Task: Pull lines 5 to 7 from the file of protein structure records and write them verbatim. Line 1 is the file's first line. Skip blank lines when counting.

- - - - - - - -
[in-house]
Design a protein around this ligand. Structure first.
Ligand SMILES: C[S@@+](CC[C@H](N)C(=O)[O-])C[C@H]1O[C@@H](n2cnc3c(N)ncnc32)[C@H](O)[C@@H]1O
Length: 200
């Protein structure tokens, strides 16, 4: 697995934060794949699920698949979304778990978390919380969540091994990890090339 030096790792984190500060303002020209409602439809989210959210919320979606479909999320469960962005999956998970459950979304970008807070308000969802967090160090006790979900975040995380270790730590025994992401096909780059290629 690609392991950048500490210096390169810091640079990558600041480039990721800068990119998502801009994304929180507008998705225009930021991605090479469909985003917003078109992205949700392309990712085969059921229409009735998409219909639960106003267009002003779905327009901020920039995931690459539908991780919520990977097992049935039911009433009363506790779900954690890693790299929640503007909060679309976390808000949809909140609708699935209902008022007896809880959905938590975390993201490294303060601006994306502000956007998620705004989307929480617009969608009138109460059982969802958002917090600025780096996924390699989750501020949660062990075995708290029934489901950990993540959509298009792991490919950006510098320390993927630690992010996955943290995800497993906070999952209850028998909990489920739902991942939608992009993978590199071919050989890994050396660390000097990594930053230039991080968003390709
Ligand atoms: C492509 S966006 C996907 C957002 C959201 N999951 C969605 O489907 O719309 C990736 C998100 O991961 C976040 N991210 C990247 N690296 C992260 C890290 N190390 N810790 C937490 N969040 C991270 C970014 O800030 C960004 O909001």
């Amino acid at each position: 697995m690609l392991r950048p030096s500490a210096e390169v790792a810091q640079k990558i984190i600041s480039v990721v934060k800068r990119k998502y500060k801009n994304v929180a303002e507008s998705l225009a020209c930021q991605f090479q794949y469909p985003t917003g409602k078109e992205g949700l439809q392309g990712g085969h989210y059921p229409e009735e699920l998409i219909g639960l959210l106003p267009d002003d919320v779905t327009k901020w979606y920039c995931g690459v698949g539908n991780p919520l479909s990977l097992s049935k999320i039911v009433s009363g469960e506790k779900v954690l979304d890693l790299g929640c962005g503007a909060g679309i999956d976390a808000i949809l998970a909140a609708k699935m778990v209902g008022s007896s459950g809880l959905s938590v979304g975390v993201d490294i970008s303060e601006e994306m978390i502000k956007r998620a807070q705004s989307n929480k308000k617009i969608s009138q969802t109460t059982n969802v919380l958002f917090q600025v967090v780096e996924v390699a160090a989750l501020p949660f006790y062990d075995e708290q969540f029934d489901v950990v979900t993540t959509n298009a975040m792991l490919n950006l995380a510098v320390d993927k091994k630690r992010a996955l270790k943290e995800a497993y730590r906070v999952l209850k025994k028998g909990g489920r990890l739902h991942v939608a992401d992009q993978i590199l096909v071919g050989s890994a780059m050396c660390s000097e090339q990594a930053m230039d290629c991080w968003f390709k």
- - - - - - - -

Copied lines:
């Protein structure tokens, strides 16, 4: 697995934060794949699920698949979304778990978390919380969540091994990890090339 030096790792984190500060303002020209409602439809989210959210919320979606479909999320469960962005999956998970459950979304970008807070308000969802967090160090006790979900975040995380270790730590025994992401096909780059290629 690609392991950048500490210096390169810091640079990558600041480039990721800068990119998502801009994304929180507008998705225009930021991605090479469909985003917003078109992205949700392309990712085969059921229409009735998409219909639960106003267009002003779905327009901020920039995931690459539908991780919520990977097992049935039911009433009363506790779900954690890693790299929640503007909060679309976390808000949809909140609708699935209902008022007896809880959905938590975390993201490294303060601006994306502000956007998620705004989307929480617009969608009138109460059982969802958002917090600025780096996924390699989750501020949660062990075995708290029934489901950990993540959509298009792991490919950006510098320390993927630690992010996955943290995800497993906070999952209850028998909990489920739902991942939608992009993978590199071919050989890994050396660390000097990594930053230039991080968003390709
Ligand atoms: C492509 S966006 C996907 C957002 C959201 N999951 C969605 O489907 O719309 C990736 C998100 O991961 C976040 N991210 C990247 N690296 C992260 C890290 N190390 N810790 C937490 N969040 C991270 C970014 O800030 C960004 O909001």
């Amino acid at each position: 697995m690609l392991r950048p030096s500490a210096e390169v790792a810091q640079k990558i984190i600041s480039v990721v934060k800068r990119k998502y500060k801009n994304v929180a303002e507008s998705l225009a020209c930021q991605f090479q794949y469909p985003t917003g409602k078109e992205g949700l439809q392309g990712g085969h989210y059921p229409e009735e699920l998409i219909g639960l959210l106003p267009d002003d919320v779905t327009k901020w979606y920039c995931g690459v698949g539908n991780p919520l479909s990977l097992s049935k999320i039911v009433s009363g469960e506790k779900v954690l979304d890693l790299g929640c962005g503007a909060g679309i999956d976390a808000i949809l998970a909140a609708k699935m778990v209902g008022s007896s459950g809880l959905s938590v979304g975390v993201d490294i970008s303060e601006e994306m978390i502000k956007r998620a807070q705004s989307n929480k308000k617009i969608s009138q969802t109460t059982n969802v919380l958002f917090q600025v967090v780096e996924v390699a160090a989750l501020p949660f006790y062990d075995e708290q969540f029934d489901v950990v979900t993540t959509n298009a975040m792991l490919n950006l995380a510098v320390d993927k091994k630690r992010a996955l270790k943290e995800a497993y730590r906070v999952l209850k025994k028998g909990g489920r990890l739902h991942v939608a992401d992009q993978i590199l096909v071919g050989s890994a780059m050396c660390s000097e090339q990594a930053m230039d290629c991080w968003f390709k």